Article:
Happy Tuesday everyone!
Surprise surprise, I’m here to discuss travel! 😉
Today is theme prompted and so the big conversation on blogs today is going to be the different travel styles of people. Because my dad made me listen to The Temptations a few days ago, I thought I’d set up this post with a song. If you want to have some ambiance, click here.
The first thing to mention, before anything else, is that I grew up in a family with many many friends. Family friends I’ve called my uncles and aunts, who have known me my entire life, who have known me through good and bad, who have been so proud when I graduated (all four times), who cried when I moved abroad and who always ask how I am. I also grew up with family that was far. Neither of my parents come from Montreal and so most holidays were spent travelling to go visit my grandparents and extended family. I have known no other way.
I think that before I even knew it, my travel style had been influenced by all these factors.
Here’s the evolution:
I’ve mentioned before that my first international trip was when I was 1 year old. It was back in 1991 and my mom and I were flying to Chile to go see my father’s family, both of us for the first time. My next four international travels were the same. Going with either my dad or the whole family to go visit my dad’s side of the family in Chile.
I also spent most of my summer holidays from age 1-17 travelling to the country side of Quebec, to Gaspesie to be more specific, to go spend time with my mother’s parents and family.
My travels were already all about my loved ones!
Then came the first opportunity to travel abroad by myself, to go study abroad in Germany when I was 18. What an amazing adventure! Not one I was prepared for because I had always been used to travelling to go see people who only wanted to cherish me. I know this sounds kind of spoiled, but when your family lives thousands of thousands of miles away and you go visit them once every four years they usually want to spend the entirety of your stay showing you around and making you discover their culture, taste the food, etc. In Berlin, it was kind of all up to me and I was a bit lonely (until I became very good friend with the other girls who were studying abroad).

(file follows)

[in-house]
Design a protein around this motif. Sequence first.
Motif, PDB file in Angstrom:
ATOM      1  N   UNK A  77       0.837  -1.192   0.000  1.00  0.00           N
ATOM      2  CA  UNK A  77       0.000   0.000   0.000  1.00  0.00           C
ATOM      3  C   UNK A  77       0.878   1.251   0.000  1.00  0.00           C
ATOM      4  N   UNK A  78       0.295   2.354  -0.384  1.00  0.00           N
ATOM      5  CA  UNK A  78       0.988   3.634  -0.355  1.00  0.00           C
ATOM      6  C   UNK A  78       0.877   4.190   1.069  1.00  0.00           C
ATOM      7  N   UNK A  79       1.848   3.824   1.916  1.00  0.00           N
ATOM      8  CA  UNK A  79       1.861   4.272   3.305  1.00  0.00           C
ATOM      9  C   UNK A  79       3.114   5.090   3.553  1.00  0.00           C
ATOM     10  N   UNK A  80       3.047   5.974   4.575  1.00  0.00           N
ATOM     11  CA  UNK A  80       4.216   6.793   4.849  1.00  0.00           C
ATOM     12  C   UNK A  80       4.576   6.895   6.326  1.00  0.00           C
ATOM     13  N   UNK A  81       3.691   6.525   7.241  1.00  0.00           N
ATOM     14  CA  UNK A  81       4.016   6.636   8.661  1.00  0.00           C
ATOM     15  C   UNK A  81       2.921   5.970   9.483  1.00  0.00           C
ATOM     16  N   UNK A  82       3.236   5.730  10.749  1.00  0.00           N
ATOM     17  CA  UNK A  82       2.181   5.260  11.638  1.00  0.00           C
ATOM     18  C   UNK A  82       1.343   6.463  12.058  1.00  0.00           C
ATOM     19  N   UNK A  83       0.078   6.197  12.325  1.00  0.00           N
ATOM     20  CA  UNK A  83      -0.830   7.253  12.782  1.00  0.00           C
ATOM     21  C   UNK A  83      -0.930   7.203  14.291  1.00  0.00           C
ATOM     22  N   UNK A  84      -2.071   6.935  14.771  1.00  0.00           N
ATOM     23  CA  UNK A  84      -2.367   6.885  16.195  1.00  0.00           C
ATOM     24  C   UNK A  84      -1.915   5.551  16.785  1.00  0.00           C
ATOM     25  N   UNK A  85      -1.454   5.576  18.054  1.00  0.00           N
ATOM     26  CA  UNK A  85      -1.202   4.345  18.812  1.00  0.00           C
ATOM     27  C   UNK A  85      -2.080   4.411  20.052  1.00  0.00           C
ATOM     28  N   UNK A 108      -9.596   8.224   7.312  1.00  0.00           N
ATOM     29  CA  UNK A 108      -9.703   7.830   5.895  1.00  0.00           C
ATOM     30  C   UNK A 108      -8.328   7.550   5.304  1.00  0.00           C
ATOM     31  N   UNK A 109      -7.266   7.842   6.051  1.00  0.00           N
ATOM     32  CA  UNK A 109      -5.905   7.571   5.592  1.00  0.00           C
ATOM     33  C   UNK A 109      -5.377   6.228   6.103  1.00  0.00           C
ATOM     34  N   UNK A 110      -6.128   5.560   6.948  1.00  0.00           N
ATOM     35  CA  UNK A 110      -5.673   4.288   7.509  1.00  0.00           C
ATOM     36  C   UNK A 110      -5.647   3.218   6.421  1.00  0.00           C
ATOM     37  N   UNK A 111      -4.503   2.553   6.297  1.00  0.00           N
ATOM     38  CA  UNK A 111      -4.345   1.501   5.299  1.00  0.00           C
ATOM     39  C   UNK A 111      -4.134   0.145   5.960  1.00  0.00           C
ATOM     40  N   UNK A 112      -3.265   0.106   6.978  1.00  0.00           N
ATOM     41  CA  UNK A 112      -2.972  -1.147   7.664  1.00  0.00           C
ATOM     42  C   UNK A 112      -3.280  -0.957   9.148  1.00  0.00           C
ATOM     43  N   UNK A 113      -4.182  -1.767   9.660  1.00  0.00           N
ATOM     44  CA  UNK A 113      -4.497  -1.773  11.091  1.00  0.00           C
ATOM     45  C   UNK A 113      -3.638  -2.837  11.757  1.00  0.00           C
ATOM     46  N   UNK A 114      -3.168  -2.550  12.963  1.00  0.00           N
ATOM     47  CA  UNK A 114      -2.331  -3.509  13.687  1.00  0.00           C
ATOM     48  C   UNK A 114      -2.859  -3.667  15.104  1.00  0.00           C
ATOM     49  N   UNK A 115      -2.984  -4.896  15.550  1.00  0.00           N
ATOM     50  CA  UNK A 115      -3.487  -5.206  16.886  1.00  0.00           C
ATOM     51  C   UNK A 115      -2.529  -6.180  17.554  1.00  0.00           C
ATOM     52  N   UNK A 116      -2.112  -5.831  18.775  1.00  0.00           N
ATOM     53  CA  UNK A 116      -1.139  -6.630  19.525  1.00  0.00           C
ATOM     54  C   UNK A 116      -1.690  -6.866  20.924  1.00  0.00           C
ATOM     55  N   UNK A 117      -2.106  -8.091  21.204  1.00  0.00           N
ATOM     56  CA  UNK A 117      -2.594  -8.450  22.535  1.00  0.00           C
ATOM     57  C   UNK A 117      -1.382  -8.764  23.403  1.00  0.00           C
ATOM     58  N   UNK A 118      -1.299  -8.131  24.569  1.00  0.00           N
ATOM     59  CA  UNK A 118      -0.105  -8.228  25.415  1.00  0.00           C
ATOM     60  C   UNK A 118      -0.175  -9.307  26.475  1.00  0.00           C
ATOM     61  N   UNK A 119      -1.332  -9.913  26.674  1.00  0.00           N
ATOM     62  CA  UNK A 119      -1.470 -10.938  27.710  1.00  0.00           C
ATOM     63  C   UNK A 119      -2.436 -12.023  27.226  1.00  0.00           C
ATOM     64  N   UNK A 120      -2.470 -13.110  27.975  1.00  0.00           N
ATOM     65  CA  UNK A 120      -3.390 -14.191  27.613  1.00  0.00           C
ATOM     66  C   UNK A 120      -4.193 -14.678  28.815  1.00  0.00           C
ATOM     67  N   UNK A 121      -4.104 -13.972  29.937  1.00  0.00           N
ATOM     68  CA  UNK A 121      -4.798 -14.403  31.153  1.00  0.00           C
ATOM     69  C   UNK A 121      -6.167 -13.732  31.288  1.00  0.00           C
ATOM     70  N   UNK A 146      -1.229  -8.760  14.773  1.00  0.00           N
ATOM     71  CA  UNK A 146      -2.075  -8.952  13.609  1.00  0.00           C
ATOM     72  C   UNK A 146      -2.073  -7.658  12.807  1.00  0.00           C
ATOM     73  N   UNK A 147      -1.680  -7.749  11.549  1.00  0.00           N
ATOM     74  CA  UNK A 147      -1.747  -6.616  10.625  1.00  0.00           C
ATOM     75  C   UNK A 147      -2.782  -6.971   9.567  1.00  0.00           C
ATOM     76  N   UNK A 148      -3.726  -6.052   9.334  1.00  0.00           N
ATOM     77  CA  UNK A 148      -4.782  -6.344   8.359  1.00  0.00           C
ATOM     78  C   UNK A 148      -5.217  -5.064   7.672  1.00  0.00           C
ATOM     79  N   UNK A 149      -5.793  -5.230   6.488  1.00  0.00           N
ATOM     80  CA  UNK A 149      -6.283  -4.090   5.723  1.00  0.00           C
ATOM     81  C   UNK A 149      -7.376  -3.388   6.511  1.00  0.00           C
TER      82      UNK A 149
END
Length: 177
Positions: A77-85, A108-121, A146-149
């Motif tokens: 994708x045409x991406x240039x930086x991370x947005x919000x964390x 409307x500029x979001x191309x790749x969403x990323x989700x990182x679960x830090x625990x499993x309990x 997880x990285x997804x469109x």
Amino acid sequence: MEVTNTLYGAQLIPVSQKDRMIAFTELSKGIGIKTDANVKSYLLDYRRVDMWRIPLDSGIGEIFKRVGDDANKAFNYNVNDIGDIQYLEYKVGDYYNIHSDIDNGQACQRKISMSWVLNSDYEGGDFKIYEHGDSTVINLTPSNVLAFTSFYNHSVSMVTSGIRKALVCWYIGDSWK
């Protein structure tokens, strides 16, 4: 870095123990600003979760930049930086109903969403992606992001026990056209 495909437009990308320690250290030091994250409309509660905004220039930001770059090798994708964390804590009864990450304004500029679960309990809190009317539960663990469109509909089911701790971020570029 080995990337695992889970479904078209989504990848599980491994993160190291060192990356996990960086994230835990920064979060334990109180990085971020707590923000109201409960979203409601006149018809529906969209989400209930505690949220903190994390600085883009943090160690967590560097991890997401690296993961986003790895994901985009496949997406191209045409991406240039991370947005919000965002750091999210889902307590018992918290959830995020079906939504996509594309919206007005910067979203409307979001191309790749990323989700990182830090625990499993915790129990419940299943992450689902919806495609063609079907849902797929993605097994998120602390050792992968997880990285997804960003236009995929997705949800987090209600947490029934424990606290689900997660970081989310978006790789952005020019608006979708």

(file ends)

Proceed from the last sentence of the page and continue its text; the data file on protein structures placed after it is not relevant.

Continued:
A few years later, I took the opportunity to go to Chile by myself for the first time. I was 21. Again, it was a total adventure! I was always used to my dad or my mom taking care of things. Now, I was again by myself. However, that is where my experience in Germany became useful. I got used to asking questions and being curious and more into adventures and taking things into my own hands. I had been alone before and this time I was alone, but with family, which made it 100 times easier. I still cherish every single day of that trip so much.
At 23, I moved abroad. After the experiences, good and bad, I was taking a leap of faith. I was moving abroad to a country where I knew no one. I was so excited at the prospect! I call this my ‘exception to the rule.’ I call it that because moving abroad isn’t the same as travelling. Yes you get the excitement to see different stuff and be fascinated by new things, but you also need to get your s*** together and make life work. There are more important things to think about than just strolling the streets and tasting food (Well at least when you move abroad for grad school! Although I did my fair share of strolling and eating…).
When I was in Europe, however, I took every opportunity to travel that presented itself. It is so easy over there! That is when my travel style kind of confirmed itself. I returned back to my comfort zone, to what I had always known – I love to travel to be with people!
I visited Lausanne because a high school friend was working there and we got to hang out, catch up, and visit together. I went to Paris to meet up with another friend who had planned a trip there after uni. I spent a day visiting Oxford because my academic dad was studying there. I visited Clermont-Ferrand and Bordeaux (Audenge) because of friends of my parents who didn’t hesitate at all when my mom contacted them in regards to having me over. I created wonderful bonds with them. I visited Gijon after being invited to join some family friends on their yearly trip to Spain. I went to the other side of the world, to South Africa, to go see my person.
While all those places are magnificent, most of them would have never ended up on my bucket list of places to see. I went for the experience of another culture yes, but I went to be with people I love. I went for the opportunity to see my friends and family, to visit a new country, to taste and admire its culture and customs and to have a true experience of full immersion with locals.
Since then, I’m a total advocate for either going where you know people or couchsurfing, etc. where you actually get to interact with the people of the place. I just love the personal experience they bring.
Now, even though I want to plan trips to corners of the world where I know no one, my priorities will always be the places in which I know people. Perhaps that’s ‘safe’, but to me the company makes everything worth it and so I will take visiting a smaller more underrated place over any big touristic must recommended by everyone.
…and yet again, I’m only
24 25, so who knows what the future holds!
What is your travel style? xx